A bulk buy-in is an essential process in the transition to a bulk buyout. It is likely to be the biggest investment decision trustees will make before arranging bulk buyouts for the pensioner section and then for the remaining sections of the scheme, leading to scheme windup. Unlike other investments, the bulk buy-in – whether transacted on a standard or enhanced basis – is generally irreversible, so the counterparty risk must be considered very carefully. Moreover, the deal will shape the final bulk buyout package, when annuities held as assets of the scheme are transferred to individual members. Accuracy of income-matching and pricing at the buy-in stage, therefore, is essential to the longer-term goals of trustees and corporate sponsors.

Given these concerns, the report recommends that regulators and stakeholders work together to establish a clear regulatory framework and a code of practice to enable the market to reach its full potential and to develop in an orderly manner. The recommendations include a call for:
• Consistent regulation of the BPA market on the part of The Pensions Regulator (TPR) and the Financial Conduct Authority (FCA) and the Prudential Regulatory Authority (PRA), which replaced the Financial Services Authority (FSA) in April 2013. The FSA and TPR memorandum of understanding on pensions issues was last updated in 2007 and does not address de-risking.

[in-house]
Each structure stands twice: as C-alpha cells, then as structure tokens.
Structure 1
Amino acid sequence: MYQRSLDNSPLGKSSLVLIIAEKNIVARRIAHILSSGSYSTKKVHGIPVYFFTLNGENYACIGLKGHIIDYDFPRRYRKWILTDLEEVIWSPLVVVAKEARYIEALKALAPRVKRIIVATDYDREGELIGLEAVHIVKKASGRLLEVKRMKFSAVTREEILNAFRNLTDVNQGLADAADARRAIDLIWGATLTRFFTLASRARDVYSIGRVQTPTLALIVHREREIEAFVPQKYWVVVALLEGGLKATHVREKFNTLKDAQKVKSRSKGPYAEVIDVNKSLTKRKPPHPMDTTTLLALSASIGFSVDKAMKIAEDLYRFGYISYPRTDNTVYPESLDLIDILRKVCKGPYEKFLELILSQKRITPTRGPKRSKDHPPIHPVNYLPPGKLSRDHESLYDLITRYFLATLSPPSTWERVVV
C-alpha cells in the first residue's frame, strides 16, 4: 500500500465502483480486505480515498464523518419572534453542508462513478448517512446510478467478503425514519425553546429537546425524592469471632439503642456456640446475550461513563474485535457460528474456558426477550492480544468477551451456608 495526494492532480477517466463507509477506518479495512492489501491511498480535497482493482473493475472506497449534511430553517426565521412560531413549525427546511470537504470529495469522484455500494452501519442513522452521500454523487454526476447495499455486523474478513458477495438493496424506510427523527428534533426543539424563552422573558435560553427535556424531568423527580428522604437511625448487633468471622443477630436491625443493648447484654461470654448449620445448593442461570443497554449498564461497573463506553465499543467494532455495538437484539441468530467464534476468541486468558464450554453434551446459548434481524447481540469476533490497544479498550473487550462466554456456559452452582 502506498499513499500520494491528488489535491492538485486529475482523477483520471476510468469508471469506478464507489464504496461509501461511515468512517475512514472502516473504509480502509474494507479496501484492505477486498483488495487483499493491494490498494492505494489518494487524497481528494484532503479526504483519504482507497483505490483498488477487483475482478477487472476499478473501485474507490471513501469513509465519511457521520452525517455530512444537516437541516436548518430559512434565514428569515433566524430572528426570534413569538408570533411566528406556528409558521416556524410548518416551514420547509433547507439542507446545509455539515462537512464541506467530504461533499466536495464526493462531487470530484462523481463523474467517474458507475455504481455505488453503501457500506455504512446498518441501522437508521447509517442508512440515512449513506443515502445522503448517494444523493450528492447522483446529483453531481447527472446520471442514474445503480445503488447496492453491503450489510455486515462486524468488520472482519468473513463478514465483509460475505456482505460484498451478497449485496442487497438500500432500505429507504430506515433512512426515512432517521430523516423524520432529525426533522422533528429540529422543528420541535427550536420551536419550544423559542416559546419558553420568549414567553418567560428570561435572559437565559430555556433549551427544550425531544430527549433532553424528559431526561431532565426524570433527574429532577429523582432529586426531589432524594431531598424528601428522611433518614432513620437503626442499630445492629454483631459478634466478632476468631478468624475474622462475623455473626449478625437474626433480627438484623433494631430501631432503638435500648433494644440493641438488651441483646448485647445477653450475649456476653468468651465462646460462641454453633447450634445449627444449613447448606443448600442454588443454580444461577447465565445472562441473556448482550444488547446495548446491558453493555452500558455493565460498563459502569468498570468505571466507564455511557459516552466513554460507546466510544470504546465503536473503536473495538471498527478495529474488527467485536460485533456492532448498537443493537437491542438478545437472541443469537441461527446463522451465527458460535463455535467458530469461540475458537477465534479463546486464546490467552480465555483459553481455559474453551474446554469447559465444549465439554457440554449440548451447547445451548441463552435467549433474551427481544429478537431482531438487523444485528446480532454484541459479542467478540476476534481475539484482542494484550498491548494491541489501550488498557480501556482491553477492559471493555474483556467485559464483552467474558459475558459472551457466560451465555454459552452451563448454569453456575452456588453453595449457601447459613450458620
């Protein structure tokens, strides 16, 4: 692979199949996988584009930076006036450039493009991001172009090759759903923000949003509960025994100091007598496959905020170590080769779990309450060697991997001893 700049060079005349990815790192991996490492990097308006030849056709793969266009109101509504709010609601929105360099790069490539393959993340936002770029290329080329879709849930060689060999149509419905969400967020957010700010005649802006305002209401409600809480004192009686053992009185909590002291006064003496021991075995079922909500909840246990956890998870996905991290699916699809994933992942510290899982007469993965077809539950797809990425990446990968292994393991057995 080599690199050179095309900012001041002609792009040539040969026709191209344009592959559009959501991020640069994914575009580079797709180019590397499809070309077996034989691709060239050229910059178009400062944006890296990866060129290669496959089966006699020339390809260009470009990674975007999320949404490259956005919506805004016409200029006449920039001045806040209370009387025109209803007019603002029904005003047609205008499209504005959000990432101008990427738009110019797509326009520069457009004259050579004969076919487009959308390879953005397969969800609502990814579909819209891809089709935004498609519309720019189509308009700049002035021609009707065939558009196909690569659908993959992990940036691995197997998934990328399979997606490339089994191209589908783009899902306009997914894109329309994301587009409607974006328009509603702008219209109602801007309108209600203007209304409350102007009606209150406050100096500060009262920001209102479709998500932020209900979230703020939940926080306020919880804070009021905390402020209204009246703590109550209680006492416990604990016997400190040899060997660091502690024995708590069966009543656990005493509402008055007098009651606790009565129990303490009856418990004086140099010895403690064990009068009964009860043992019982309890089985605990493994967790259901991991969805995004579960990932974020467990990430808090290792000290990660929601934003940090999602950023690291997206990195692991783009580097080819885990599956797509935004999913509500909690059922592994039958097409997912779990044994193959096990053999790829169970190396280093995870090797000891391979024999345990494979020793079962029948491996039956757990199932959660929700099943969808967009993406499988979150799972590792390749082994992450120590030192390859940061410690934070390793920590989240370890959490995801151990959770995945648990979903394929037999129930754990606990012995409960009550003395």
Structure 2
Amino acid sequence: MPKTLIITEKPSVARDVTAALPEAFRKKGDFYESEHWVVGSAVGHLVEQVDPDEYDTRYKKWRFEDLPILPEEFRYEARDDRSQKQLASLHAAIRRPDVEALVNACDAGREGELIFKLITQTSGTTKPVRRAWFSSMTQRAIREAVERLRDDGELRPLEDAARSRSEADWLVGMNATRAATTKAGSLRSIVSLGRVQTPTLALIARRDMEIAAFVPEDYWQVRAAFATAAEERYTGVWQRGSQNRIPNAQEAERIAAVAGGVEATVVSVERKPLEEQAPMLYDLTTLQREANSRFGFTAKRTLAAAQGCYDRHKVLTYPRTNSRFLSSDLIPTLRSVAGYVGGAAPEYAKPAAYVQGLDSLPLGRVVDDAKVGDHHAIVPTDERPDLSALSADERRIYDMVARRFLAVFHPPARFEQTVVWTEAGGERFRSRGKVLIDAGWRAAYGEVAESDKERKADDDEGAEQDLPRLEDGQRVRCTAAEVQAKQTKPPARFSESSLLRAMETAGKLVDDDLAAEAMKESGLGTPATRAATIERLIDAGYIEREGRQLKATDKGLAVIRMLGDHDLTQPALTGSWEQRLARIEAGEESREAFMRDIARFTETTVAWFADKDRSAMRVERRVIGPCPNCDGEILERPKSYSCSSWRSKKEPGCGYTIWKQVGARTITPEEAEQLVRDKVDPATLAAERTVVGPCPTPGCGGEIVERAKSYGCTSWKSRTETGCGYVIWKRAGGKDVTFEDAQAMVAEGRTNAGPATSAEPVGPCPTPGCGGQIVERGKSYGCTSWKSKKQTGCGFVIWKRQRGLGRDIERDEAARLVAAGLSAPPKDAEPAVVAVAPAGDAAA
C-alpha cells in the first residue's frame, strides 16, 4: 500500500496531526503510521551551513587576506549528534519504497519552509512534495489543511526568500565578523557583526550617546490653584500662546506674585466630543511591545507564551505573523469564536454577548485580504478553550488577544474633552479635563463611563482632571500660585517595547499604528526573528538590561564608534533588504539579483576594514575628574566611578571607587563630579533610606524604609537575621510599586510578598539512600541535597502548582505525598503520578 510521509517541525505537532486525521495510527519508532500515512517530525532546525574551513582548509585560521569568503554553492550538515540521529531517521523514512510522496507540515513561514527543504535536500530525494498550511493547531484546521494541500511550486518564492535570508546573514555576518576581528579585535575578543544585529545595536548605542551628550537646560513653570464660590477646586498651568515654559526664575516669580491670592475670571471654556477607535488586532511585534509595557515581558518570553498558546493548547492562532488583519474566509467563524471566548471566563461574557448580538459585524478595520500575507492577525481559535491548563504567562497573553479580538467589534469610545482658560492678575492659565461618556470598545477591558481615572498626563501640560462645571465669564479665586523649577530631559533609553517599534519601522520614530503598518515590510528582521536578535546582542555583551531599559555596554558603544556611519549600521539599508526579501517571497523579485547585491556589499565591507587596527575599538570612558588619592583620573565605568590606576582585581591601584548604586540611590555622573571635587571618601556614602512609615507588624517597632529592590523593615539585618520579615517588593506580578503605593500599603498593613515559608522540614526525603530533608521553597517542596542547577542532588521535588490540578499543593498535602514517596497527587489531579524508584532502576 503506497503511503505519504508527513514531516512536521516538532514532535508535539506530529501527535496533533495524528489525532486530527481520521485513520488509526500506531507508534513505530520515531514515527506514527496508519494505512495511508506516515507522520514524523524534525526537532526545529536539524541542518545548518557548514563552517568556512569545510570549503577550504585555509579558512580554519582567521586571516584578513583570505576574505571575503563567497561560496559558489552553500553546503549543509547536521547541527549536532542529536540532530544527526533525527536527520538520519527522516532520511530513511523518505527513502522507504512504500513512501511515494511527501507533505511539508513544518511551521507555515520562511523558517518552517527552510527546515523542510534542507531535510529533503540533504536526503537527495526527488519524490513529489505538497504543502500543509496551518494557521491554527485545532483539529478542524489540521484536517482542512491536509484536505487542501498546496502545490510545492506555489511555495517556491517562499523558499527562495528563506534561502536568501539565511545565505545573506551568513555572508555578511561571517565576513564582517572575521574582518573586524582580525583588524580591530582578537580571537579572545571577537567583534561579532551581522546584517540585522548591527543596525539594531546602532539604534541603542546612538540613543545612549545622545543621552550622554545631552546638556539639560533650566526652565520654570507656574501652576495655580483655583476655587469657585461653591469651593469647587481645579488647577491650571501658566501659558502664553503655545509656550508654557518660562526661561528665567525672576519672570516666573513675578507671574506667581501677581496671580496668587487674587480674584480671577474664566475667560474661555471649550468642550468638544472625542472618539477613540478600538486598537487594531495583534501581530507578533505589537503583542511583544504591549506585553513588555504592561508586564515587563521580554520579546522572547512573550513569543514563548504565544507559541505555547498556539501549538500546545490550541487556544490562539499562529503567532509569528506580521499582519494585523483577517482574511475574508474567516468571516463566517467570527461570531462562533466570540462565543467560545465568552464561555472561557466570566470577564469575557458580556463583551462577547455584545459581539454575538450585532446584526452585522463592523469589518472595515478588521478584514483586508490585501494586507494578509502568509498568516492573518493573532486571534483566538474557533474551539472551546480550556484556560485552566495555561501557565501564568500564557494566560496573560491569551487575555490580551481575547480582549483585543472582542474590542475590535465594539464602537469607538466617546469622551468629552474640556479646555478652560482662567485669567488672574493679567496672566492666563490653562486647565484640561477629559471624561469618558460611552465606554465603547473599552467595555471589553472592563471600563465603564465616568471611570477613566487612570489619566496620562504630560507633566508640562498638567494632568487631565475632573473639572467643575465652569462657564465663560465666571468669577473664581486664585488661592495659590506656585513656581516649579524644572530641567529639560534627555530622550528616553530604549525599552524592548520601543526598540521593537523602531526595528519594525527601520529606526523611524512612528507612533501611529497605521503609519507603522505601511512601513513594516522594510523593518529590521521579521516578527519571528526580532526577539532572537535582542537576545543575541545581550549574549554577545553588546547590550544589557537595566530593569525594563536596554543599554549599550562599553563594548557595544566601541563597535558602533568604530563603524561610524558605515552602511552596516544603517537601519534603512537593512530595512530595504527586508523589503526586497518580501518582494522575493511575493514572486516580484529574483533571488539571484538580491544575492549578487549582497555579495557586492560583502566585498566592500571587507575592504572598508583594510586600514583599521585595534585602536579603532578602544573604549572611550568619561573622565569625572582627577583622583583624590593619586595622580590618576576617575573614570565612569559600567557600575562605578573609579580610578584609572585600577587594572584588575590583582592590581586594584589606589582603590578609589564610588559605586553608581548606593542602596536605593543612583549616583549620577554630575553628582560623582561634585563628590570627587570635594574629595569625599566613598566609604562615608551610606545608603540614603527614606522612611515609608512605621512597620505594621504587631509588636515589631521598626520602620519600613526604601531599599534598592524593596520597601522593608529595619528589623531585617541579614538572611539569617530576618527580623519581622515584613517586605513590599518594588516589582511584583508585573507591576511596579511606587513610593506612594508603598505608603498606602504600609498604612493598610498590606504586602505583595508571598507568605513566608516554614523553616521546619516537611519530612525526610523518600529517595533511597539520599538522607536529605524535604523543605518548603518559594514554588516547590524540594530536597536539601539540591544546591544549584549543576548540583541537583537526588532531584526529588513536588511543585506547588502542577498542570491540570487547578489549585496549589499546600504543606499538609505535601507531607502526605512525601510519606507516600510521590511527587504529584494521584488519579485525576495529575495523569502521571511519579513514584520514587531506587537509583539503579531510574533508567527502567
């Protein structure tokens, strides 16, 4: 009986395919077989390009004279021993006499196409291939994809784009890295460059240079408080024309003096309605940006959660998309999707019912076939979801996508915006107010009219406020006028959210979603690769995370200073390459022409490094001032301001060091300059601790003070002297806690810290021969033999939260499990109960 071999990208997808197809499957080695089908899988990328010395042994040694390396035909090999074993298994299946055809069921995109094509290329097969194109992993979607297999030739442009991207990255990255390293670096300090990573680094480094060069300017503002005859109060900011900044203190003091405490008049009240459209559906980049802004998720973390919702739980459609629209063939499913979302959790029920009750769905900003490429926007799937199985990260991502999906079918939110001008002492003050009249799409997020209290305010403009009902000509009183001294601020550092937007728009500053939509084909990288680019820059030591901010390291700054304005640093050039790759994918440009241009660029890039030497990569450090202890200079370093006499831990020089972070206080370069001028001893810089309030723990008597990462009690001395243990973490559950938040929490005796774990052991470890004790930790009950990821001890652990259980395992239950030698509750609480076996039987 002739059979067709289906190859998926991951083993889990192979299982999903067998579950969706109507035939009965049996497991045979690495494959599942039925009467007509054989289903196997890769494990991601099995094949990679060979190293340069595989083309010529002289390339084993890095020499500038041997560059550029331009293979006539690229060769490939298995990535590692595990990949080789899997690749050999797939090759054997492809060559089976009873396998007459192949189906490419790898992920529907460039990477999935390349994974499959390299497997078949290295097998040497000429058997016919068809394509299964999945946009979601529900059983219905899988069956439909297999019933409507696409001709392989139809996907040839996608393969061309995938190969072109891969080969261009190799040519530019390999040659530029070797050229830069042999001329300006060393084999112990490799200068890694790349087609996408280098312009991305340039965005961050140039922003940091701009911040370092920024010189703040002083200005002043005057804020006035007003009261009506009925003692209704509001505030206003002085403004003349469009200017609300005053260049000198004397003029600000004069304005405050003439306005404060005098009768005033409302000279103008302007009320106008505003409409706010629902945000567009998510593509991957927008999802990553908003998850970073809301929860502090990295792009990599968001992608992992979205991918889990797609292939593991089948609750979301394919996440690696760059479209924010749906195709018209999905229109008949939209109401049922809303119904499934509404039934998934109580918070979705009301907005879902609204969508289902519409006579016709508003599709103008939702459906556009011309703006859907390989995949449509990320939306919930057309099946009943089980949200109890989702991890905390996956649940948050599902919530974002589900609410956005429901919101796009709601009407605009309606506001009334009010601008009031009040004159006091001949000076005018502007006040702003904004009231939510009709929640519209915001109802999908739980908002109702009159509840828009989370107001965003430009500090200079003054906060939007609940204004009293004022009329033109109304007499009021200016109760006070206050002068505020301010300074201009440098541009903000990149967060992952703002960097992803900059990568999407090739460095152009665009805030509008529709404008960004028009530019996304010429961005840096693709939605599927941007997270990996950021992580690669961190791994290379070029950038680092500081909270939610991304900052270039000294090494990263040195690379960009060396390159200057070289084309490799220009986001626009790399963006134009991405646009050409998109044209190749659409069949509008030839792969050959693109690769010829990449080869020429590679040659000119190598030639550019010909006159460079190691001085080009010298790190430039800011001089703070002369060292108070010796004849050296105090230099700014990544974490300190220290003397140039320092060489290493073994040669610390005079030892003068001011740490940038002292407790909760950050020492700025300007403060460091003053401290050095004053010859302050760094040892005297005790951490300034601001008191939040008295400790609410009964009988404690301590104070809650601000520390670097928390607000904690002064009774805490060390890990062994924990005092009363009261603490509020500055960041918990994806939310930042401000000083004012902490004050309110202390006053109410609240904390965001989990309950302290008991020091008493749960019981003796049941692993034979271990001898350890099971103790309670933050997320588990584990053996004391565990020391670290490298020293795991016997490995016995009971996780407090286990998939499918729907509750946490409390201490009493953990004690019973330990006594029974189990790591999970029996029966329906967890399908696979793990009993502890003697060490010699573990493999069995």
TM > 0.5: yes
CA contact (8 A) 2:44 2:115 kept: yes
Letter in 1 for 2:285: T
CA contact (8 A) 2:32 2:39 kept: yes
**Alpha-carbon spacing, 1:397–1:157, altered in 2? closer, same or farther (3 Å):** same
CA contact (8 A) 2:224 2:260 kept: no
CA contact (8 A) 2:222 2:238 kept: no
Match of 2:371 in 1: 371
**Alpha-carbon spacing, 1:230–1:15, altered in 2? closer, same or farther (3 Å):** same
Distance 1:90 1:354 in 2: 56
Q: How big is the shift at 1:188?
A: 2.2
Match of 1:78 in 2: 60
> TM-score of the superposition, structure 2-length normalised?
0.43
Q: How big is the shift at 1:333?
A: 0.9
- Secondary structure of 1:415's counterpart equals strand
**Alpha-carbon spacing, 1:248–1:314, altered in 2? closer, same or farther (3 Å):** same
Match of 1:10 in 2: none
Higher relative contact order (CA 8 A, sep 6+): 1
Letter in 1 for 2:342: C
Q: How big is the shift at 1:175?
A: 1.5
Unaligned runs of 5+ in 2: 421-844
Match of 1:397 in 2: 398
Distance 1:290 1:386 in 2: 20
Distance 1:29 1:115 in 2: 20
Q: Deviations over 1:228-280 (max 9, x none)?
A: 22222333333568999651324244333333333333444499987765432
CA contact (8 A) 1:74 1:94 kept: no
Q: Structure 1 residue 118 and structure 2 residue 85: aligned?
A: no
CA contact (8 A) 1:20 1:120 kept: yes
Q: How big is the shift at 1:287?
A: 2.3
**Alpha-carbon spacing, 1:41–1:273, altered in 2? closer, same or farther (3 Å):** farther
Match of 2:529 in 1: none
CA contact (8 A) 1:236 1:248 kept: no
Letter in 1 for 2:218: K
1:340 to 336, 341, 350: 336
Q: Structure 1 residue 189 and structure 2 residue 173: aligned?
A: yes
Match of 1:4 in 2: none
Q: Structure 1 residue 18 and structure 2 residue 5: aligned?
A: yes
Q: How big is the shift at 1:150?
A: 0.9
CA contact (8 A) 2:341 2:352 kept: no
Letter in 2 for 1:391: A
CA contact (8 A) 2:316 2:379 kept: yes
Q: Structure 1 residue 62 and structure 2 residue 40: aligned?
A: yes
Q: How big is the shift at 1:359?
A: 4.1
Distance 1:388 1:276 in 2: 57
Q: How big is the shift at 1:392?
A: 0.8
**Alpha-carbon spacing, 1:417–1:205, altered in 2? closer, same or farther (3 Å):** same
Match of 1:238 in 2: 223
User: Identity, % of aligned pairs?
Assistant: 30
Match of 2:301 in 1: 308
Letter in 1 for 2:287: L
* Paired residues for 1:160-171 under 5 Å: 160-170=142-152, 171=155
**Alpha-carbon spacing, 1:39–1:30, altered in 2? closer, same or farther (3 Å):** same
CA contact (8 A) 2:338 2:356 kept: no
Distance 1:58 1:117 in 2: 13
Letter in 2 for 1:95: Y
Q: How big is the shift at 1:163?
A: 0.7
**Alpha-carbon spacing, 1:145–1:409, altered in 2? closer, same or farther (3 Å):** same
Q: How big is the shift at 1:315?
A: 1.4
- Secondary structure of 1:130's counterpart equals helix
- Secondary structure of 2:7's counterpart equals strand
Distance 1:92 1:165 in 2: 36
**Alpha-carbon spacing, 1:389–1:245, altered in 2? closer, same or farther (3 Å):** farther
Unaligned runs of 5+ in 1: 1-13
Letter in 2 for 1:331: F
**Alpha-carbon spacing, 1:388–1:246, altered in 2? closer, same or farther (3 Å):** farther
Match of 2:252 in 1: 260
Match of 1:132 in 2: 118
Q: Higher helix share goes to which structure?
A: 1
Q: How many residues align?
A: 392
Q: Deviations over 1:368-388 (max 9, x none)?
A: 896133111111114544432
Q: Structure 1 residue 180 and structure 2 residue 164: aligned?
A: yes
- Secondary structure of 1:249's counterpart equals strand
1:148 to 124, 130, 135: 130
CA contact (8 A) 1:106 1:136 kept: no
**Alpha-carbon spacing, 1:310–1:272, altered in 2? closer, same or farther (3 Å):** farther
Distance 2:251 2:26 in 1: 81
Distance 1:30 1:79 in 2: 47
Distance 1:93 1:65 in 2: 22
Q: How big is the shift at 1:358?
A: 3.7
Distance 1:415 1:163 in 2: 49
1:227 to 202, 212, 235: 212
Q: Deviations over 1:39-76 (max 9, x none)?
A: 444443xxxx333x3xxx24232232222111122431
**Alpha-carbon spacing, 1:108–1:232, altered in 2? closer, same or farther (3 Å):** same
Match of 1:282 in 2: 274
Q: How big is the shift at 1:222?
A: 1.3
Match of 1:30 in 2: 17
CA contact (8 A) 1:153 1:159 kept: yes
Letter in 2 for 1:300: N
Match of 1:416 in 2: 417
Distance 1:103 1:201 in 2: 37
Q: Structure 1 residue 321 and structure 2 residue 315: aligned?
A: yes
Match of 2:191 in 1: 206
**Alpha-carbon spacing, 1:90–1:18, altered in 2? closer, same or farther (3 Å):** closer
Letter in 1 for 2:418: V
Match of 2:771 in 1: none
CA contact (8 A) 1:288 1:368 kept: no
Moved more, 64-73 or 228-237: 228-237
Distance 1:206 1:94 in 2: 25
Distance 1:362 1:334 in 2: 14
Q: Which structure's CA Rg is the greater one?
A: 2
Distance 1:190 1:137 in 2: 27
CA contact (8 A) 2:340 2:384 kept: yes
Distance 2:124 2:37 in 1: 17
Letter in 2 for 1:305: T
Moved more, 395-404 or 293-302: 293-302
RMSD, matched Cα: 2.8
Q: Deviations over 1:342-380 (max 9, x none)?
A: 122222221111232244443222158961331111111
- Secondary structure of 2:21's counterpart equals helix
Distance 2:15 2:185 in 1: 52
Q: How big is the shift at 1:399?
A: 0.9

• Consistent and reliable data for the de-risking market as a whole and the development of consistent data in the enhanced buy-in market. To achieve the latter objective would require enhanced insurers to share their qualitative and quantitative experience.
• Insurers to develop flexibility in the way they can collect data on members’ health, so that schemes can benefit from whole-of-market bidding processes and avoid having to pre-select the insurer with the most appropriate methodology, as might be the case at present.
• Insurers and reinsurers to work with schemes and their advisers to develop a comprehensive disclosure process, so that all material medical underwriting facts are made available during the bidding process. This would eliminate anti-selection concerns on the part of conventional underwriters.